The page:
2. This slider asked delegates where on a spectrum they thought Scotland was in respect of, at one extreme, a focus on access to affordable housing for all and, at the other, a focus on maintaining investment value (housing wealth). There was a consensus that the focus currently was more towards maintaining investment value but that, for 2040, the focus needed to be much more on access to affordable housing for all. Delegates wanted every household to be able to afford an appropriate home, in an environment where house prices were modest and stable.

Stakeholder vision: Every household can afford an appropriate home. Low income families have a choice. One decent home per household takes priority over second homes and investment returns on property. Renting is cheaper than owning. Fairer wealth distributions (move the bottom up and the top down). Commercial investment in PRS based on rental income return (not capital appreciation). House prices are modest and stable in real terms. Other investments and savings are stronger and can sustain people in old age.

Homes that meet people's needs

3. This slider asked delegates where on a spectrum they thought Scotland was in respect of who shapes and controls new supply, with government at one extreme and communities at the other. There was no consensus emerging from the discussion with a wide range of views as to where we were now and where we ought to be in 2040.

4. In respect of social housing, there was support for government leadership but with development progressed using a co-production approach with communities and stakeholders. On private housing, a partnership approach between local authorities and developers was supported, with government acting as an enabler. Common standards across tenures were also supported.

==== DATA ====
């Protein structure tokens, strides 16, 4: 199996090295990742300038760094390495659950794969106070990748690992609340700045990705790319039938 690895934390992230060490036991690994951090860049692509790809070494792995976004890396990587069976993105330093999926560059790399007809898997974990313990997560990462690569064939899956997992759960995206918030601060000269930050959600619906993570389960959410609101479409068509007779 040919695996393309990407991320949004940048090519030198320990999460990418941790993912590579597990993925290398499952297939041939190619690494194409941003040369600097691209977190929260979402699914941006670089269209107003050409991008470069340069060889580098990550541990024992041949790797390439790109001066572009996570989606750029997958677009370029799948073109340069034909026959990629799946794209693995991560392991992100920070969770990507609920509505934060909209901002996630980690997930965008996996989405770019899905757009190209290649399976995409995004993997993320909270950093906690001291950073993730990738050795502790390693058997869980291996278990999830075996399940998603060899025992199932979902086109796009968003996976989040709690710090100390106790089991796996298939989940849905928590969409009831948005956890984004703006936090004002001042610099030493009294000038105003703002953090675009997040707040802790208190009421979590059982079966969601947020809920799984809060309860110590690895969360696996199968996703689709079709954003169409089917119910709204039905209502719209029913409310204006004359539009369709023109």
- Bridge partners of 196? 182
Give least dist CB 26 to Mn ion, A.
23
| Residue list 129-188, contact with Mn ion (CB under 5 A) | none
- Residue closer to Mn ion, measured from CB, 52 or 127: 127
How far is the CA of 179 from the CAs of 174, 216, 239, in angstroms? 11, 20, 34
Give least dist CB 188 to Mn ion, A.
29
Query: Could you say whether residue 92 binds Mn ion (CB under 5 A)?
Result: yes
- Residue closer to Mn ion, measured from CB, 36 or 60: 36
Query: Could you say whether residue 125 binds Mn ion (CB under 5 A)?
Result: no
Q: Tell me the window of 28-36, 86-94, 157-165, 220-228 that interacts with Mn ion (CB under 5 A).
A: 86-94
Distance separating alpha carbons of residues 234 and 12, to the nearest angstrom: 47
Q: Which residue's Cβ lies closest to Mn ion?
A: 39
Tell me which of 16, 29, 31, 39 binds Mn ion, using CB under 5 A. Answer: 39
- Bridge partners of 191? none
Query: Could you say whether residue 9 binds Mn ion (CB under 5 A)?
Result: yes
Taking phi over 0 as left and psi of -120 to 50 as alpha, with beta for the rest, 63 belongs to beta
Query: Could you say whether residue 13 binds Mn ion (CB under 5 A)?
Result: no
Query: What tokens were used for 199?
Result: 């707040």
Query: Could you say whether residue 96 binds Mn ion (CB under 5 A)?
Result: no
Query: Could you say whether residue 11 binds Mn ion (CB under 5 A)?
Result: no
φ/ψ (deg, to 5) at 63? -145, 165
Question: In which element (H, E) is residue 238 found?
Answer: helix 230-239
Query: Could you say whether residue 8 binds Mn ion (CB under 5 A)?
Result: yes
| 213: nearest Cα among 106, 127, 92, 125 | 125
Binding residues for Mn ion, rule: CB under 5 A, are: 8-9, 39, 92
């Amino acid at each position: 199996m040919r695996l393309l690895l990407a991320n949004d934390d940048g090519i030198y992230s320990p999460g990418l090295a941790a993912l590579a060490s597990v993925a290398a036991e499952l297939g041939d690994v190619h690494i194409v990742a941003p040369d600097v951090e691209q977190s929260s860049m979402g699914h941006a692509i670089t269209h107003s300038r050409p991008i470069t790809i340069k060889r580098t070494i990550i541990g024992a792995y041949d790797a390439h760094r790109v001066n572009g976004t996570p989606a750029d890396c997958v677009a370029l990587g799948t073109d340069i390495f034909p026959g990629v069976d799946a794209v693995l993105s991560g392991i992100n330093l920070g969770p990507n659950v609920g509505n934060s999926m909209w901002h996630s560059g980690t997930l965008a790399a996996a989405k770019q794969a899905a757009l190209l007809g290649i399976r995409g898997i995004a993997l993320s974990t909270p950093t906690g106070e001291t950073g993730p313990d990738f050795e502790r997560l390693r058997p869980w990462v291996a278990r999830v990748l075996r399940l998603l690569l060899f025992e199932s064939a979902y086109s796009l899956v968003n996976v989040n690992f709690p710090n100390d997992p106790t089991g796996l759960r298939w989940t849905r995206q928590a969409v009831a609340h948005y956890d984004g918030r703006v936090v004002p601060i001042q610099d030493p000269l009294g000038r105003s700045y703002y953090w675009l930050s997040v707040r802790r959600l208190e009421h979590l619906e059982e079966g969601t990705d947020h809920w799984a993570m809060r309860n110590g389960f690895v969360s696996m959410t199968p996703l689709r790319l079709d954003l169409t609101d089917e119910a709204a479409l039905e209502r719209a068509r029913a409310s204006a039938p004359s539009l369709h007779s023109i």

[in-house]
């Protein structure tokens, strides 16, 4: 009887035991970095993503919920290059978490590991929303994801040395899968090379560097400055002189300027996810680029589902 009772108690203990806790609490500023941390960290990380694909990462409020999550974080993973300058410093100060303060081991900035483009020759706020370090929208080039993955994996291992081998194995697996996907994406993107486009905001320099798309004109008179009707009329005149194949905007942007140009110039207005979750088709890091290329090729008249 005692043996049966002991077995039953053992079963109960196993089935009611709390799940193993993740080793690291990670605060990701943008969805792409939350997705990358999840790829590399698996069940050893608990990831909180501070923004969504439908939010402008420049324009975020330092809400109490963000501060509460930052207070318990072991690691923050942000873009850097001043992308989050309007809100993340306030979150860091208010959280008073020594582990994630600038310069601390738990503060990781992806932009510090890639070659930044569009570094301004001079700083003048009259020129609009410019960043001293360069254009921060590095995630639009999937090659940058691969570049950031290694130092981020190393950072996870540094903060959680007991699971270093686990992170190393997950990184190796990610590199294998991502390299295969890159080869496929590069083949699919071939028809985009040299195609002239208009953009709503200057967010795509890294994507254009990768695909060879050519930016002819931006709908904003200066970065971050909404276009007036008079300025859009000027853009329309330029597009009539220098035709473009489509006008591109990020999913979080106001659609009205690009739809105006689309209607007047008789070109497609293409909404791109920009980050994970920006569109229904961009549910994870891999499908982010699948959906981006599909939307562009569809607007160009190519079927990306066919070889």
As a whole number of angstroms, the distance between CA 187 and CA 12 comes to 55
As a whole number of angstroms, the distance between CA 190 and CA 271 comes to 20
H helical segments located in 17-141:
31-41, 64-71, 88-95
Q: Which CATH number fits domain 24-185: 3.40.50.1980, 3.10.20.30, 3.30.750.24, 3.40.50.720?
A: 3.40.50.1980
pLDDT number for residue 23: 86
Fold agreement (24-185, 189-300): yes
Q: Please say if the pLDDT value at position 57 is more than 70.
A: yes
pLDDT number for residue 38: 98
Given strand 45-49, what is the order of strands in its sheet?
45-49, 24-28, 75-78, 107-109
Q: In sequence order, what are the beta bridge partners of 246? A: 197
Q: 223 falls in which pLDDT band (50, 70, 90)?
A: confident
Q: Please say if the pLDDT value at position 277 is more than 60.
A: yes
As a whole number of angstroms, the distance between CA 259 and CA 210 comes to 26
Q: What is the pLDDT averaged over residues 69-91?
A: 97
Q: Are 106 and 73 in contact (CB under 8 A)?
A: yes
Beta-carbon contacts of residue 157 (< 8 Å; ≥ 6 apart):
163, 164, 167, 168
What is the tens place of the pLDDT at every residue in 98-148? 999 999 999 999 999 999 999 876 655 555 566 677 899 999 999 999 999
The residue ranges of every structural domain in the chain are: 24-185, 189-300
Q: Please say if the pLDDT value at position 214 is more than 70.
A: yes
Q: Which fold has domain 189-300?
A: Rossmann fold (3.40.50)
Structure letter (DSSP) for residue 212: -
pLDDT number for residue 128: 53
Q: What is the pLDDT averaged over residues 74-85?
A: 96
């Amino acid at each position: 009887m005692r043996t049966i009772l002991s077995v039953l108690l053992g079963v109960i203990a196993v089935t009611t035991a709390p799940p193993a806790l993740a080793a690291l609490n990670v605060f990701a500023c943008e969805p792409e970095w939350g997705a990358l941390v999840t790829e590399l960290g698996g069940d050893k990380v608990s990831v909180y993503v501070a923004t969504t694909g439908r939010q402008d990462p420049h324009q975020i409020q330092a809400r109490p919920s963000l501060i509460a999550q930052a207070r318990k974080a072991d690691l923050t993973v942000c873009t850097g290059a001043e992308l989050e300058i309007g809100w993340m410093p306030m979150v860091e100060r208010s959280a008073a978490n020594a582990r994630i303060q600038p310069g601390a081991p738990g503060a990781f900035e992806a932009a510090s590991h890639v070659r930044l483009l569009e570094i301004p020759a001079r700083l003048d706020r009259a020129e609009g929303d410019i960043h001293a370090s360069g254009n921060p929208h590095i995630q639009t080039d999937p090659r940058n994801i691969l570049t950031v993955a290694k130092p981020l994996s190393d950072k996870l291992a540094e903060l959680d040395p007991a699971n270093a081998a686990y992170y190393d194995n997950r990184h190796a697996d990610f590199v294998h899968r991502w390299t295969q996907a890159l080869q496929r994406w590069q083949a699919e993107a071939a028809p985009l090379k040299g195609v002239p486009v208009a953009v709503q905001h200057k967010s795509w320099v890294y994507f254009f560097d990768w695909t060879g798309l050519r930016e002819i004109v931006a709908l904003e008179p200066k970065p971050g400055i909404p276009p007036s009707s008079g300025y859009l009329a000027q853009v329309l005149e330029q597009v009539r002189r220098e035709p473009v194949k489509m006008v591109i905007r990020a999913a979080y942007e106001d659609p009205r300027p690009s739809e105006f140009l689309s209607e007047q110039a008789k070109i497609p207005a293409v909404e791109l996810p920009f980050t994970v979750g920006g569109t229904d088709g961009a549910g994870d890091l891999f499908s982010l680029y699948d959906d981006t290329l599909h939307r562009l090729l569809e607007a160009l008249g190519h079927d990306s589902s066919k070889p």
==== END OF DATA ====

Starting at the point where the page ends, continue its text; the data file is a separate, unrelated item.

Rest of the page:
Stakeholder vision: Government leadership but social housing development progressed in co-production with communities and other stakeholders. Less regulation of social housing. Government mediation to balance individual and collective good.

Regulation and minimum standards for the PRS. PRS to provide choice and to be an important option for some households.

Partnership approach between local authorities and developers, with government intervention if required. The state has an enabling role and communities know their rights and are more empowered. A lot of variation in housing types. Advice to support sweat equity (where part of the value of the home was generated by the labour of the householders in constructing it) and co-housing.

Common standards with similar designs being reused (danger of monoculture) where this was appropriate. Some new buildings exceeding standards.

Housing fully integrated with welfare system and health and justice objectives. Housing and transport co-ordinated.

Government safeguards / protects the public good while enabling and empowering individuals and communities.

High quality, sustainable homes

5. This slider asked delegates where on a spectrum they thought Scotland was in respect of, at one extreme, strong controls on housing quality and, at the other, weak controls on housing quality. There was a consensus that controls on housing quality needed to get stronger as we moved to 2040.